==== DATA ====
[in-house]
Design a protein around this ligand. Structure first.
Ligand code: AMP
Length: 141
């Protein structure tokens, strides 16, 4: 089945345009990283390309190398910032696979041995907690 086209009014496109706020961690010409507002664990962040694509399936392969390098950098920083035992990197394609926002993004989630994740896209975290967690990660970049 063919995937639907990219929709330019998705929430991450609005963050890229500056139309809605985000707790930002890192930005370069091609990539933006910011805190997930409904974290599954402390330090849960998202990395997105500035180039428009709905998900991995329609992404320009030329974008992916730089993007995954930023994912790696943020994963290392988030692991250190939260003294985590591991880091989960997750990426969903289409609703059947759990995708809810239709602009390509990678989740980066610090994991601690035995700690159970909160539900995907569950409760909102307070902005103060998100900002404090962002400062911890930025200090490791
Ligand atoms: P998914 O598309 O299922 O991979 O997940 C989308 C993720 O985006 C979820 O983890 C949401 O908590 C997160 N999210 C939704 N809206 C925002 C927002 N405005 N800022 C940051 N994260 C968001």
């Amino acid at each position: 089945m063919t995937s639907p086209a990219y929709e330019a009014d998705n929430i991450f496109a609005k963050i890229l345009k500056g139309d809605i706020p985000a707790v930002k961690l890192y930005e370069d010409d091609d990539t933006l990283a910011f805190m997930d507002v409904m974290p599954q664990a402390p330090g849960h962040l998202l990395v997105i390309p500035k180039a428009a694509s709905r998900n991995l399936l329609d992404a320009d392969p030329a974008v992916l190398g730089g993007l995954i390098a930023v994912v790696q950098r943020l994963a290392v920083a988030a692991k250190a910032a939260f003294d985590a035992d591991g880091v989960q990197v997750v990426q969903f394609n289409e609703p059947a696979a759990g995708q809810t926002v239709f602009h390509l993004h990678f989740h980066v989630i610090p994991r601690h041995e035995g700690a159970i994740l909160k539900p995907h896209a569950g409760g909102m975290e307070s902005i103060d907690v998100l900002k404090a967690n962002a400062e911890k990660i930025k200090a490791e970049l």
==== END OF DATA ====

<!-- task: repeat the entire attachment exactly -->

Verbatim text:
[in-house]
Design a protein around this ligand. Structure first.
Ligand code: AMP
Length: 141
């Protein structure tokens, strides 16, 4: 089945345009990283390309190398910032696979041995907690 086209009014496109706020961690010409507002664990962040694509399936392969390098950098920083035992990197394609926002993004989630994740896209975290967690990660970049 063919995937639907990219929709330019998705929430991450609005963050890229500056139309809605985000707790930002890192930005370069091609990539933006910011805190997930409904974290599954402390330090849960998202990395997105500035180039428009709905998900991995329609992404320009030329974008992916730089993007995954930023994912790696943020994963290392988030692991250190939260003294985590591991880091989960997750990426969903289409609703059947759990995708809810239709602009390509990678989740980066610090994991601690035995700690159970909160539900995907569950409760909102307070902005103060998100900002404090962002400062911890930025200090490791
Ligand atoms: P998914 O598309 O299922 O991979 O997940 C989308 C993720 O985006 C979820 O983890 C949401 O908590 C997160 N999210 C939704 N809206 C925002 C927002 N405005 N800022 C940051 N994260 C968001």
């Amino acid at each position: 089945m063919t995937s639907p086209a990219y929709e330019a009014d998705n929430i991450f496109a609005k963050i890229l345009k500056g139309d809605i706020p985000a707790v930002k961690l890192y930005e370069d010409d091609d990539t933006l990283a910011f805190m997930d507002v409904m974290p599954q664990a402390p330090g849960h962040l998202l990395v997105i390309p500035k180039a428009a694509s709905r998900n991995l399936l329609d992404a320009d392969p030329a974008v992916l190398g730089g993007l995954i390098a930023v994912v790696q950098r943020l994963a290392v920083a988030a692991k250190a910032a939260f003294d985590a035992d591991g880091v989960q990197v997750v990426q969903f394609n289409e609703p059947a696979a759990g995708q809810t926002v239709f602009h390509l993004h990678f989740h980066v989630i610090p994991r601690h041995e035995g700690a159970i994740l909160k539900p995907h896209a569950g409760g909102m975290e307070s902005i103060d907690v998100l900002k404090a967690n962002a400062e911890k990660i930025k200090a490791e970049l």